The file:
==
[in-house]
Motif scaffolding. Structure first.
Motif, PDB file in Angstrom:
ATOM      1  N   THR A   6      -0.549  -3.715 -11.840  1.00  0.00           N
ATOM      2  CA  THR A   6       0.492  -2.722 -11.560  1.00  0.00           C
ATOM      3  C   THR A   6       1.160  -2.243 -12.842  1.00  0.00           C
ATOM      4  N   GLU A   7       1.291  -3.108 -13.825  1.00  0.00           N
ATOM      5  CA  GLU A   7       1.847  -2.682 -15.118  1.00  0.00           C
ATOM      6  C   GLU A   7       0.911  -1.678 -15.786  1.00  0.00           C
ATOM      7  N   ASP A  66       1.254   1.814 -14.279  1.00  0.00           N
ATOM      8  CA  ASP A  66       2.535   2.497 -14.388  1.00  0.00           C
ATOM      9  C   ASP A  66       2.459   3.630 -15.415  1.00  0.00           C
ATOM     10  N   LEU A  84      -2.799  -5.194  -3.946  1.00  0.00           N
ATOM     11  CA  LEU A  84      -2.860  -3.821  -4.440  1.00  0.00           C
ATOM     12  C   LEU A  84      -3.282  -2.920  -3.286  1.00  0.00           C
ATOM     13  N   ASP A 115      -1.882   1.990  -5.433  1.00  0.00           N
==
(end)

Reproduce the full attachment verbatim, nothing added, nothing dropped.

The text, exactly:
[in-house]
Motif scaffolding. Structure first.
Motif, PDB file in Angstrom:
ATOM      1  N   THR A   6      -0.549  -3.715 -11.840  1.00  0.00           N
ATOM      2  CA  THR A   6       0.492  -2.722 -11.560  1.00  0.00           C
ATOM      3  C   THR A   6       1.160  -2.243 -12.842  1.00  0.00           C
ATOM      4  N   GLU A   7       1.291  -3.108 -13.825  1.00  0.00           N
ATOM      5  CA  GLU A   7       1.847  -2.682 -15.118  1.00  0.00           C
ATOM      6  C   GLU A   7       0.911  -1.678 -15.786  1.00  0.00           C
ATOM      7  N   ASP A  66       1.254   1.814 -14.279  1.00  0.00           N
ATOM      8  CA  ASP A  66       2.535   2.497 -14.388  1.00  0.00           C
ATOM      9  C   ASP A  66       2.459   3.630 -15.415  1.00  0.00           C
ATOM     10  N   LEU A  84      -2.799  -5.194  -3.946  1.00  0.00           N
ATOM     11  CA  LEU A  84      -2.860  -3.821  -4.440  1.00  0.00           C
ATOM     12  C   LEU A  84      -3.282  -2.920  -3.286  1.00  0.00           C
ATOM     13  N   ASP A 115      -1.882   1.990  -5.433  1.00  0.00           N